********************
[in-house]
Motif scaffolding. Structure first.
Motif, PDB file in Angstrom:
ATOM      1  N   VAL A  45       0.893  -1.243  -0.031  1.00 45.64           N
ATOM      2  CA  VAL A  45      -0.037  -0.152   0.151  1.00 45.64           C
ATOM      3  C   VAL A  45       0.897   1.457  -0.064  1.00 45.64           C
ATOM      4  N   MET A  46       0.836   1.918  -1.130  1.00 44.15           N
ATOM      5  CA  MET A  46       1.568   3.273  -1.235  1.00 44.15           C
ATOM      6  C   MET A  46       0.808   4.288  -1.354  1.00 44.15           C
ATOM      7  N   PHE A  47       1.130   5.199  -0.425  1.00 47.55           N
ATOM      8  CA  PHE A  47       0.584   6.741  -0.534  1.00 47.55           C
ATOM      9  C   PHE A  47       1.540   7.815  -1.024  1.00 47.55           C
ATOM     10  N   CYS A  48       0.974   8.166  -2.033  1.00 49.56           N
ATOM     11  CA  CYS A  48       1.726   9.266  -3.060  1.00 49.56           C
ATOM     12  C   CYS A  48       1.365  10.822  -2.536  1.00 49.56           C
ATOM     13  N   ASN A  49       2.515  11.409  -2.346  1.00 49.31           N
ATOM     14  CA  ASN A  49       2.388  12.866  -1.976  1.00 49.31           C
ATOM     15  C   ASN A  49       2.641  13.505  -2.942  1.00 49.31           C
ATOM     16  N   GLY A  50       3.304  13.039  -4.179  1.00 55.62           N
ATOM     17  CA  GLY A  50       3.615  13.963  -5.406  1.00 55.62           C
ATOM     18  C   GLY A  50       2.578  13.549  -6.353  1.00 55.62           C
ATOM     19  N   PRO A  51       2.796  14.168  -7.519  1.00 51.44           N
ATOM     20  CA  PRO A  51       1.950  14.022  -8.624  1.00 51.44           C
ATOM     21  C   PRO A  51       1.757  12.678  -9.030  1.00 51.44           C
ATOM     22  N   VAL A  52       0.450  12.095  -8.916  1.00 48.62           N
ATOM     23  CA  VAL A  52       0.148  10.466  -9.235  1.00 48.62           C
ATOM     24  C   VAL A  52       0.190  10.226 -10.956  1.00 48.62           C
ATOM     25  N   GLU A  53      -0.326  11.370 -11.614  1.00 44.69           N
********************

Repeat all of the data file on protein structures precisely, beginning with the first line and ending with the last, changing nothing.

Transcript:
[in-house]
Motif scaffolding. Structure first.
Motif, PDB file in Angstrom:
ATOM      1  N   VAL A  45       0.893  -1.243  -0.031  1.00 45.64           N
ATOM      2  CA  VAL A  45      -0.037  -0.152   0.151  1.00 45.64           C
ATOM      3  C   VAL A  45       0.897   1.457  -0.064  1.00 45.64           C
ATOM      4  N   MET A  46       0.836   1.918  -1.130  1.00 44.15           N
ATOM      5  CA  MET A  46       1.568   3.273  -1.235  1.00 44.15           C
ATOM      6  C   MET A  46       0.808   4.288  -1.354  1.00 44.15           C
ATOM      7  N   PHE A  47       1.130   5.199  -0.425  1.00 47.55           N
ATOM      8  CA  PHE A  47       0.584   6.741  -0.534  1.00 47.55           C
ATOM      9  C   PHE A  47       1.540   7.815  -1.024  1.00 47.55           C
ATOM     10  N   CYS A  48       0.974   8.166  -2.033  1.00 49.56           N
ATOM     11  CA  CYS A  48       1.726   9.266  -3.060  1.00 49.56           C
ATOM     12  C   CYS A  48       1.365  10.822  -2.536  1.00 49.56           C
ATOM     13  N   ASN A  49       2.515  11.409  -2.346  1.00 49.31           N
ATOM     14  CA  ASN A  49       2.388  12.866  -1.976  1.00 49.31           C
ATOM     15  C   ASN A  49       2.641  13.505  -2.942  1.00 49.31           C
ATOM     16  N   GLY A  50       3.304  13.039  -4.179  1.00 55.62           N
ATOM     17  CA  GLY A  50       3.615  13.963  -5.406  1.00 55.62           C
ATOM     18  C   GLY A  50       2.578  13.549  -6.353  1.00 55.62           C
ATOM     19  N   PRO A  51       2.796  14.168  -7.519  1.00 51.44           N
ATOM     20  CA  PRO A  51       1.950  14.022  -8.624  1.00 51.44           C
ATOM     21  C   PRO A  51       1.757  12.678  -9.030  1.00 51.44           C
ATOM     22  N   VAL A  52       0.450  12.095  -8.916  1.00 48.62           N
ATOM     23  CA  VAL A  52       0.148  10.466  -9.235  1.00 48.62           C
ATOM     24  C   VAL A  52       0.190  10.226 -10.956  1.00 48.62           C
ATOM     25  N   GLU A  53      -0.326  11.370 -11.614  1.00 44.69           N